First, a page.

BOB GARFIELD: From WNYC in New York this is On the Media. I'm Bob Garfield.
BROOKE GLADSTONE: And I'm Brooke Gladstone. In a week of relentless Anthrax coverage much of the anxiety has centered on the confusing and contradictory information flowing out of a variety of government offices. Until recently we heard little from the CDC and the Surgeon General and hardly at all from the newly-created director of Homeland Security, Tom Ridge. Mostly we heard from Tommy Thompson the head of the Department of Health and Human Services and his grasp on the information seemed to some disconcertingly upbeat. For instance when Robert Stevens [sp?], photo editor at the Florida-based Sun tabloid was found to be infected, Thompson opined that he might have contracted it by drinking from a stream, and on another point just this week Ted Koppel on Nightline felt compelled to correct him.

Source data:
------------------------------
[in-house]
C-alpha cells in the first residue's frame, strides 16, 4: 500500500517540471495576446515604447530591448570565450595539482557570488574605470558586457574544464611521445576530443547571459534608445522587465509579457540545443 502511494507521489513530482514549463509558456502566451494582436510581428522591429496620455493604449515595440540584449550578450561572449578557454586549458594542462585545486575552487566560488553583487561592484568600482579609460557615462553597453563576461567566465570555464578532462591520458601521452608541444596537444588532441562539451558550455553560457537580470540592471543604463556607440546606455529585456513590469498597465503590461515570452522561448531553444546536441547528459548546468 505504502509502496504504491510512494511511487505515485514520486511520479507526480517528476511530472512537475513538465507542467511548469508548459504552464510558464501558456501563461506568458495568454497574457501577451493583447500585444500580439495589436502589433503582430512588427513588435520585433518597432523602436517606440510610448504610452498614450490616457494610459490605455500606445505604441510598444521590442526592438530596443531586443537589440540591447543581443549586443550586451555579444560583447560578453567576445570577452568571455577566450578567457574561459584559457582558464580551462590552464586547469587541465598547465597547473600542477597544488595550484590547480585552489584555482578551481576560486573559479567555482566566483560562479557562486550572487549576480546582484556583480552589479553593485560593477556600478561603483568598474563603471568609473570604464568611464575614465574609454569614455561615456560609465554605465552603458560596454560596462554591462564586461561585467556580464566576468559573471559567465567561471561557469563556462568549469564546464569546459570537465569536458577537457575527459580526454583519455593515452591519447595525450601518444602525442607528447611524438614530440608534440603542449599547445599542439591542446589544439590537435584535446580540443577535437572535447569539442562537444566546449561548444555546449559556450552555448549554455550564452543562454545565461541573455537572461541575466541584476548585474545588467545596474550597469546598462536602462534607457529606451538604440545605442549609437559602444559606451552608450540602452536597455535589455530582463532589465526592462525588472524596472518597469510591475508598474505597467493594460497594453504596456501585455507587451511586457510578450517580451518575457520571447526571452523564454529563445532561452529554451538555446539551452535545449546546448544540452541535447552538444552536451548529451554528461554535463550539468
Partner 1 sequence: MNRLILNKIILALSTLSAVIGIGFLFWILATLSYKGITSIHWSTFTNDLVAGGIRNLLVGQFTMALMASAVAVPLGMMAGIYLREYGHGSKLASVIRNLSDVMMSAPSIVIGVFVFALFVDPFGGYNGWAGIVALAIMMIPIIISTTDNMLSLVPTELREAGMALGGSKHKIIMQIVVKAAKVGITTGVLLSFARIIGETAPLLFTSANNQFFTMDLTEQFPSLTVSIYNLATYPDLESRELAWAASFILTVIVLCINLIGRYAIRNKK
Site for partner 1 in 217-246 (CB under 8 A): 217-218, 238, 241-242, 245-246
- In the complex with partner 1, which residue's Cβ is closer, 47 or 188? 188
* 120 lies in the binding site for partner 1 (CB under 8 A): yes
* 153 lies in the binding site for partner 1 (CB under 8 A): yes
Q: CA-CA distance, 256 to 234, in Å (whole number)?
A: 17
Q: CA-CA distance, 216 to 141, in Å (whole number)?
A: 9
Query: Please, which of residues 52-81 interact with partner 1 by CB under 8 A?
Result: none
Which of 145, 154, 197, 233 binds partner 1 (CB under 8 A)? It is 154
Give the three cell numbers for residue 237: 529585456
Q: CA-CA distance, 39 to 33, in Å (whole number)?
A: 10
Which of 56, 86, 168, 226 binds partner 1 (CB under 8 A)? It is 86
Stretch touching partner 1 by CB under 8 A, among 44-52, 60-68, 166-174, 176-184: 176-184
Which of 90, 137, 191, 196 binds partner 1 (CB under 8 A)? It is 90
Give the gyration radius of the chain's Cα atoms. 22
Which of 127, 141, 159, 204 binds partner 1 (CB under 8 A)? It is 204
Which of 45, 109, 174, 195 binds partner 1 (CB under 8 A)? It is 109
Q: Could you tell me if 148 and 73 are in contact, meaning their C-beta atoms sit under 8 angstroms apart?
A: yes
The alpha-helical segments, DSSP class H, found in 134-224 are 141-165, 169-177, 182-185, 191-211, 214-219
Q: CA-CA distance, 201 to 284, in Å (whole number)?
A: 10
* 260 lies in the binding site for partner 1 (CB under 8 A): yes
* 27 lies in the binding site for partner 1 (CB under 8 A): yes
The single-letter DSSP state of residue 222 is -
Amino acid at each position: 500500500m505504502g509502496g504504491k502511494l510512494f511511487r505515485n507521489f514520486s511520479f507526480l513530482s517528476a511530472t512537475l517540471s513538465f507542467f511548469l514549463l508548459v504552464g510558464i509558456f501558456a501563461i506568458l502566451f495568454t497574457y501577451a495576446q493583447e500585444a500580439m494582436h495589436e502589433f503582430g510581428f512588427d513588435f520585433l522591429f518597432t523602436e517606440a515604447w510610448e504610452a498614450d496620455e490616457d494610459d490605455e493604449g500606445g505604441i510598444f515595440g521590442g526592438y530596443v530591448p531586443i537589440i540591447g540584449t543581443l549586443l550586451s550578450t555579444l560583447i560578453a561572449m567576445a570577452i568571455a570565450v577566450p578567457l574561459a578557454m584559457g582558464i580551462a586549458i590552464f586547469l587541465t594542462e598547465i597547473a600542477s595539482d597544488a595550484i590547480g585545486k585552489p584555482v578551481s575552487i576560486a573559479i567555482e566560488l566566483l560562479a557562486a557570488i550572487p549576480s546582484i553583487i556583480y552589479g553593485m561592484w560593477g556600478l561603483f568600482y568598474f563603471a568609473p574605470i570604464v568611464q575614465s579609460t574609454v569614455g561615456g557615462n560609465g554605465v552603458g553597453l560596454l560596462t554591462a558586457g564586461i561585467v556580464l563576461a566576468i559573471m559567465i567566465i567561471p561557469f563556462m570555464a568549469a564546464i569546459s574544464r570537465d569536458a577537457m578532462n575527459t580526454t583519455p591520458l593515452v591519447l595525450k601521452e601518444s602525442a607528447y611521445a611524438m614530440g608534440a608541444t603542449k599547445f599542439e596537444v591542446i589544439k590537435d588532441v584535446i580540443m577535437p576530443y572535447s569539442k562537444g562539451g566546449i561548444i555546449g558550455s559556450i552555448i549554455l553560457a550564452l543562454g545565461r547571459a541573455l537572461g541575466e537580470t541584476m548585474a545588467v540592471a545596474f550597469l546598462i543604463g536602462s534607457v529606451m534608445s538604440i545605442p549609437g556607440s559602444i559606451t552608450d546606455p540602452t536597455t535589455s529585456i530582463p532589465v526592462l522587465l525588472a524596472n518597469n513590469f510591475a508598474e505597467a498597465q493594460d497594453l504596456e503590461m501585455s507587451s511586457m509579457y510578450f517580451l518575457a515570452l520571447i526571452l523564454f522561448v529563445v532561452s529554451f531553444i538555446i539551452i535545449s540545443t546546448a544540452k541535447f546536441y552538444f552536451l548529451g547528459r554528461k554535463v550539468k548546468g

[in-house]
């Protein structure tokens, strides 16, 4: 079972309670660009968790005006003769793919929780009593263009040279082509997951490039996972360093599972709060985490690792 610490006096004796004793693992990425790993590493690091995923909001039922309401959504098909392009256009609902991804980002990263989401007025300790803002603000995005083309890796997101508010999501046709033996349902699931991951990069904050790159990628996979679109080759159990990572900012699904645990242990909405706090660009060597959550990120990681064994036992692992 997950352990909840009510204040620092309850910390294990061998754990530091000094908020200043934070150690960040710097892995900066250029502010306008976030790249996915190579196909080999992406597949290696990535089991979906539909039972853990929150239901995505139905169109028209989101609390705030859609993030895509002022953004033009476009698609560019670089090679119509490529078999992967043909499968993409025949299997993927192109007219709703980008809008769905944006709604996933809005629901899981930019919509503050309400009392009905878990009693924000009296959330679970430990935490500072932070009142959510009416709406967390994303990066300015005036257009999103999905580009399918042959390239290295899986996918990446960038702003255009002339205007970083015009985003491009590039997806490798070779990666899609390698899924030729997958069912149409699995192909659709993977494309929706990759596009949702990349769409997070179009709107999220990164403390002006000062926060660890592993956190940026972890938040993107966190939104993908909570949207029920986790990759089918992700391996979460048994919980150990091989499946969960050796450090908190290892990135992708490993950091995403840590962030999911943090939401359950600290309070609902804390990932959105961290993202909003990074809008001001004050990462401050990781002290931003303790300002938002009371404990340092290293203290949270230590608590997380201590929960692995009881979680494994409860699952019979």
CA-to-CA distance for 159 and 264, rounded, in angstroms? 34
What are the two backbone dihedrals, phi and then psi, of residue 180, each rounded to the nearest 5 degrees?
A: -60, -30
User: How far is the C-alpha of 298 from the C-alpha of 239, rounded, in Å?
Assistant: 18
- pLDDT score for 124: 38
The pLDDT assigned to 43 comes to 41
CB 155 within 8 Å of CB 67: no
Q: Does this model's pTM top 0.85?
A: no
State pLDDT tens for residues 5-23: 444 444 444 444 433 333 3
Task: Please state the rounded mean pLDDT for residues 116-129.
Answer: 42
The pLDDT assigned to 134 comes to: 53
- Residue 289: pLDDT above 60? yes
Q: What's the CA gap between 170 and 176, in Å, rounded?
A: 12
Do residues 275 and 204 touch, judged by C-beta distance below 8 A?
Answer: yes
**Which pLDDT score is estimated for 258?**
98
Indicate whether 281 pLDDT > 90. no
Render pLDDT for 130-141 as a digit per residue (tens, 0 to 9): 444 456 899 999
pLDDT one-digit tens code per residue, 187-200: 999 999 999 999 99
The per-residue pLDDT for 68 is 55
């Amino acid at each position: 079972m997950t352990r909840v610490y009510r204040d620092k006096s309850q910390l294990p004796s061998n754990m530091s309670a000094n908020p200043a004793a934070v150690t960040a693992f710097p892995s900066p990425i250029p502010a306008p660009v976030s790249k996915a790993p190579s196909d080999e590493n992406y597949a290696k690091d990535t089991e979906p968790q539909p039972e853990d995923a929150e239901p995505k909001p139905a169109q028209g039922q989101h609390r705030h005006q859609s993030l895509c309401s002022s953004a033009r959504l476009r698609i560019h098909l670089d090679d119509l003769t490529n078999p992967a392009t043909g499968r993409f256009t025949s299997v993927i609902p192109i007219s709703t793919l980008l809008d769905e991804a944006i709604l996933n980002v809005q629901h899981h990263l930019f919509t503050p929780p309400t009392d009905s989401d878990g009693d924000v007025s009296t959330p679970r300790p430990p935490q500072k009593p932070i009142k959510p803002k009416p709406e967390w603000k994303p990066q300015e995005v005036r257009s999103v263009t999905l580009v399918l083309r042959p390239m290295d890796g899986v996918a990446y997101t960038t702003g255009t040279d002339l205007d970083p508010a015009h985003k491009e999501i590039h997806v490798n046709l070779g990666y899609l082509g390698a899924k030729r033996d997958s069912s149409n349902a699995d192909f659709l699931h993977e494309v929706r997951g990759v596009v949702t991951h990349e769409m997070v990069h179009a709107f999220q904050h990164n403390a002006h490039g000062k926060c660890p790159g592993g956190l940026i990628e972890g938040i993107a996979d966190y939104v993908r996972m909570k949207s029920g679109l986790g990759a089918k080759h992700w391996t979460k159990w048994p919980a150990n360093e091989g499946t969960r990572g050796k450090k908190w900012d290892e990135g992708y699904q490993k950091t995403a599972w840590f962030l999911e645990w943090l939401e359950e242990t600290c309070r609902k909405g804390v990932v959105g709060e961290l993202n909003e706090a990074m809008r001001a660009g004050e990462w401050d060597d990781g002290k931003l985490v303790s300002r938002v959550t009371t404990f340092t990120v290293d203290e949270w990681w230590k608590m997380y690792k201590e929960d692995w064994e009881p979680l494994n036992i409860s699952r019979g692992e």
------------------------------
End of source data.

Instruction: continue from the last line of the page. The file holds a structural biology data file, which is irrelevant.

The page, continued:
TOMMY THOMPSON: And we've been able to respond to the outbreak of Anthrax in Florida and in New York and in, now in Washington -- and we've been, we've been there! So I, I don't think the, the-- I have been too optimistic. I think that we've been able to respond!
TED KOPPEL: You do realize when you talk about the "outbreaks of Anthrax--"
TOMMY THOMPSON: Yes--
QUESTION: -- you haven't had an "outbreak of Anthrax" yet. [BOTH SPEAK AT ONCE]
TOMMY THOMPSON: No, we haven't.
TED KOPPEL: You haven't had a major Anthrax attack yet.
TOMMY THOMPSON: That is true.
TED KOPPEL: I mean, in the event of a major Anthrax attack-- [BOTH SPEAK AT ONCE]
BROOKE GLADSTONE: Late this week Homeland Security chief Tom Ridge finally stepped up to the microphones to calm the public's fears, but some believe the damage to the government's credibility will be hard to repair. Surgeon General David Satcher, appointed by the Clinton administration was quiet in the early days of the crisis but has been on the record frequently this week. He joins us now. Dr. Satcher thanks for coming on.